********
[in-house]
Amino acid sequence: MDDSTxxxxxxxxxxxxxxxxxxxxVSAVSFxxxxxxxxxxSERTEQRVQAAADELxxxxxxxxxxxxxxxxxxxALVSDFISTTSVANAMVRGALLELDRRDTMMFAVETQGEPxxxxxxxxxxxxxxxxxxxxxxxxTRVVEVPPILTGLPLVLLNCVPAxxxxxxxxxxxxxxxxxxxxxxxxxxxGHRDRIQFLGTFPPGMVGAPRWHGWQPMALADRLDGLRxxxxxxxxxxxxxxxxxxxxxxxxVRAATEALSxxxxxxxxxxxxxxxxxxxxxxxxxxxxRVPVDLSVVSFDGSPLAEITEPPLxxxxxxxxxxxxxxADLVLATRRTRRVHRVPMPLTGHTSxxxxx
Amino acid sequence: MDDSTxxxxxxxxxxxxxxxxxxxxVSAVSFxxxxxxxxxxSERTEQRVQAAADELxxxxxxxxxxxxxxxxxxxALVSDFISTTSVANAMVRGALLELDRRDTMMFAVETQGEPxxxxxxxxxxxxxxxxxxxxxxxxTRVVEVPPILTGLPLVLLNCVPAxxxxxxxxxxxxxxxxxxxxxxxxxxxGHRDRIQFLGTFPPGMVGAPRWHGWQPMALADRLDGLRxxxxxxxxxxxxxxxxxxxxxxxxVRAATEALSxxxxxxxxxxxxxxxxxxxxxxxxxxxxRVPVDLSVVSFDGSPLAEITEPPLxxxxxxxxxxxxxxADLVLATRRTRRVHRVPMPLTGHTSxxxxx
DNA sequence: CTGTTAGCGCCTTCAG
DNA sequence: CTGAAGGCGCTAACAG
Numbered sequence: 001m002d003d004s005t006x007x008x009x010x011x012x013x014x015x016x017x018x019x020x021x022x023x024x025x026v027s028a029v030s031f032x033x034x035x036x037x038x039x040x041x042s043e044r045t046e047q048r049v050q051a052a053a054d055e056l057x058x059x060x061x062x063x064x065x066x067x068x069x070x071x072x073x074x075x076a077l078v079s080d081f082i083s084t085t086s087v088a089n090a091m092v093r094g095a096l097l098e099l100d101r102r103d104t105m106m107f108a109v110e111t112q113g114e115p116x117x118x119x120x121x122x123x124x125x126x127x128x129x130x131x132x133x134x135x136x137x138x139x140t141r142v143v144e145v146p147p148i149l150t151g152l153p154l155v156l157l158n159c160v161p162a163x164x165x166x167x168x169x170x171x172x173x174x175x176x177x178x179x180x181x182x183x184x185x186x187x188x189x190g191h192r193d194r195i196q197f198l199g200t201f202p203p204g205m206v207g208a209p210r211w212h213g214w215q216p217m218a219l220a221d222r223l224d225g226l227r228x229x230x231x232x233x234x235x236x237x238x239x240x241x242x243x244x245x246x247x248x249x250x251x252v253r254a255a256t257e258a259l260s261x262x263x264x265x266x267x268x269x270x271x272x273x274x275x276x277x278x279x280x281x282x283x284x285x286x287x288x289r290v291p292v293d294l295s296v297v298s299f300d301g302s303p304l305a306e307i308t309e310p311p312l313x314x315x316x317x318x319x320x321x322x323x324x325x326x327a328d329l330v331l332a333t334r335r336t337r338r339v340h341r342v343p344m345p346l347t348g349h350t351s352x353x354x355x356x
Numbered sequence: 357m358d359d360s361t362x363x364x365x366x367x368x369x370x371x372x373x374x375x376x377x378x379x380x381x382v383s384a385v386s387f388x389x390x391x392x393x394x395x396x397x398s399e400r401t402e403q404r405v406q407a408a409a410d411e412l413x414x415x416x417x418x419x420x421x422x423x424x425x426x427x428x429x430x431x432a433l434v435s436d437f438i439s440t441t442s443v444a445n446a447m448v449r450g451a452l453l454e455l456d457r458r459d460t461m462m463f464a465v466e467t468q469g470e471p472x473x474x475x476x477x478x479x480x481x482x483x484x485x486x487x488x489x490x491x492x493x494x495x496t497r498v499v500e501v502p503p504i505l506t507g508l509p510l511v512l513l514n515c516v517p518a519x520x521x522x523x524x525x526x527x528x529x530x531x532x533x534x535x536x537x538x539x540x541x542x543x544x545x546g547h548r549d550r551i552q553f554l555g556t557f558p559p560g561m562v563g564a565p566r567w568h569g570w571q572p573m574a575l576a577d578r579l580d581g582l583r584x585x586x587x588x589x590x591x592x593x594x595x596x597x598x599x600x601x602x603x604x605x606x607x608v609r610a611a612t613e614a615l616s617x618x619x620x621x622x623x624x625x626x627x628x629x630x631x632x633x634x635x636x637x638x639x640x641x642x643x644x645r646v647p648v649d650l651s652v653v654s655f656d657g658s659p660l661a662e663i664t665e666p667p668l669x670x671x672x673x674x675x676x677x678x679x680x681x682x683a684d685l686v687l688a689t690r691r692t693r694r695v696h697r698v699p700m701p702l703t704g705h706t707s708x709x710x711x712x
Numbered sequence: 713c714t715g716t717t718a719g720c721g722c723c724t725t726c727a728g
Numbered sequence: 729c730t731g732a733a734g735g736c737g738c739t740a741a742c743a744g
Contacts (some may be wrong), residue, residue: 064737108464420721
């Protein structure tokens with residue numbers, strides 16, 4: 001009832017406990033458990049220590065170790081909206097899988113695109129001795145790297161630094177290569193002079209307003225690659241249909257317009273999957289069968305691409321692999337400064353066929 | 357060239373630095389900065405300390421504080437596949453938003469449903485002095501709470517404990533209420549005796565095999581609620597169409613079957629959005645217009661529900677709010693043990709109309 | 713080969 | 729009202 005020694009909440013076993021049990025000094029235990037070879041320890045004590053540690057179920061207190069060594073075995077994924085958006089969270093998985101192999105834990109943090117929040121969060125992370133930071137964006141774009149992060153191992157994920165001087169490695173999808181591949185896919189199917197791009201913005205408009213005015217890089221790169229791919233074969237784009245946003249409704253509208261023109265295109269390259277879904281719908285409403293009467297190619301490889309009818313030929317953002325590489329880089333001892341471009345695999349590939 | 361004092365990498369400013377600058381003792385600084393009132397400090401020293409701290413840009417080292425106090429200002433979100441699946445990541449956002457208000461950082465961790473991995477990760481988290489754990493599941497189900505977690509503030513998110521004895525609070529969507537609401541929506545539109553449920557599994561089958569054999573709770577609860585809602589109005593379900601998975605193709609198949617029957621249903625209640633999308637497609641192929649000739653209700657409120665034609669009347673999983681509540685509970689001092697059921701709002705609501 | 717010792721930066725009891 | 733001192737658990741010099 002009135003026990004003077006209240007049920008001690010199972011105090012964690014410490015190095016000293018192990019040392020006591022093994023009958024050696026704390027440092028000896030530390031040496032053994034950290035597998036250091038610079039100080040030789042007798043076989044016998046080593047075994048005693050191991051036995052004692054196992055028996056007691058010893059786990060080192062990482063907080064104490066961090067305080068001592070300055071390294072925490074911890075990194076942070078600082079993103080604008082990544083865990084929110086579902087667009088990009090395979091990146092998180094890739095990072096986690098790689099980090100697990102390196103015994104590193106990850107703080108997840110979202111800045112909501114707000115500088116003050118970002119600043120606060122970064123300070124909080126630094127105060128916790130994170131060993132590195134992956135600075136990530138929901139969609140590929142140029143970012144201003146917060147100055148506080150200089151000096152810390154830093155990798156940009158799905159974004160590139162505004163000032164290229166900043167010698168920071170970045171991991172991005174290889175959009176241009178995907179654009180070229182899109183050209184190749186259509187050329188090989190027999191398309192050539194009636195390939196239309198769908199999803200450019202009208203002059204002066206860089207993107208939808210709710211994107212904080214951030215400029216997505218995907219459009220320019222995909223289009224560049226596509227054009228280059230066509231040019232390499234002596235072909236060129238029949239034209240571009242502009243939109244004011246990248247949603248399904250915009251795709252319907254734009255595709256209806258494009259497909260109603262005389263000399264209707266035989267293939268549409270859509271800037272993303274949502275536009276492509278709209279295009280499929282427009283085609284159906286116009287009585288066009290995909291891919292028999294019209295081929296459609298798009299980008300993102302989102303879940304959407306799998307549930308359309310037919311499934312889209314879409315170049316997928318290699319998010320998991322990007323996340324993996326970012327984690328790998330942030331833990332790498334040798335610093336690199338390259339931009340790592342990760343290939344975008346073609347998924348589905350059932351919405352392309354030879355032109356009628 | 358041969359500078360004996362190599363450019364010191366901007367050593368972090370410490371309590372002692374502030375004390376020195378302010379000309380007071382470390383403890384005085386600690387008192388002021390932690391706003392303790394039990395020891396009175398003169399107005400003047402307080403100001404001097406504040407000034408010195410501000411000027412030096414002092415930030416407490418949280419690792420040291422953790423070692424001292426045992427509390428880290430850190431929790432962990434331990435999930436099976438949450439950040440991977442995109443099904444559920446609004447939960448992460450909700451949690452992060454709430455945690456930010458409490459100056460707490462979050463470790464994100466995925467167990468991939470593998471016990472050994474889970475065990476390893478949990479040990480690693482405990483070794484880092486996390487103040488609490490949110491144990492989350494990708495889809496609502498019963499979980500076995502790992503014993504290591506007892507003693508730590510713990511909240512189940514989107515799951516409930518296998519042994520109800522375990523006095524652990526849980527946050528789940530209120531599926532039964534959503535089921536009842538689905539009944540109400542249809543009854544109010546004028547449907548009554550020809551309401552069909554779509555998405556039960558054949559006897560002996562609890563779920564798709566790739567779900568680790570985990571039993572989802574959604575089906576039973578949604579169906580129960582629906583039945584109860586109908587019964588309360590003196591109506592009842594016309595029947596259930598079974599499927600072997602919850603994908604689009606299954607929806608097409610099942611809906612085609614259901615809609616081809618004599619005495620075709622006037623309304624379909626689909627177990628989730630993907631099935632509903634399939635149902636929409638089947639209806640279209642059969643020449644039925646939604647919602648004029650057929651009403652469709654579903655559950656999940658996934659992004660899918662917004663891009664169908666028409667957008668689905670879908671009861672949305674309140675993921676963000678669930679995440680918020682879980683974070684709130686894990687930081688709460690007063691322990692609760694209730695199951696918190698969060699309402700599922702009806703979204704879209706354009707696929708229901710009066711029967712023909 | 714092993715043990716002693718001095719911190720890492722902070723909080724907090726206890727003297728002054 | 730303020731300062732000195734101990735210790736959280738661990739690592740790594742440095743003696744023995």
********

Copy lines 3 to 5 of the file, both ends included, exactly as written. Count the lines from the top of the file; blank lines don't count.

Amino acid sequence: MDDSTxxxxxxxxxxxxxxxxxxxxVSAVSFxxxxxxxxxxSERTEQRVQAAADELxxxxxxxxxxxxxxxxxxxALVSDFISTTSVANAMVRGALLELDRRDTMMFAVETQGEPxxxxxxxxxxxxxxxxxxxxxxxxTRVVEVPPILTGLPLVLLNCVPAxxxxxxxxxxxxxxxxxxxxxxxxxxxGHRDRIQFLGTFPPGMVGAPRWHGWQPMALADRLDGLRxxxxxxxxxxxxxxxxxxxxxxxxVRAATEALSxxxxxxxxxxxxxxxxxxxxxxxxxxxxRVPVDLSVVSFDGSPLAEITEPPLxxxxxxxxxxxxxxADLVLATRRTRRVHRVPMPLTGHTSxxxxx
DNA sequence: CTGTTAGCGCCTTCAG
DNA sequence: CTGAAGGCGCTAACAG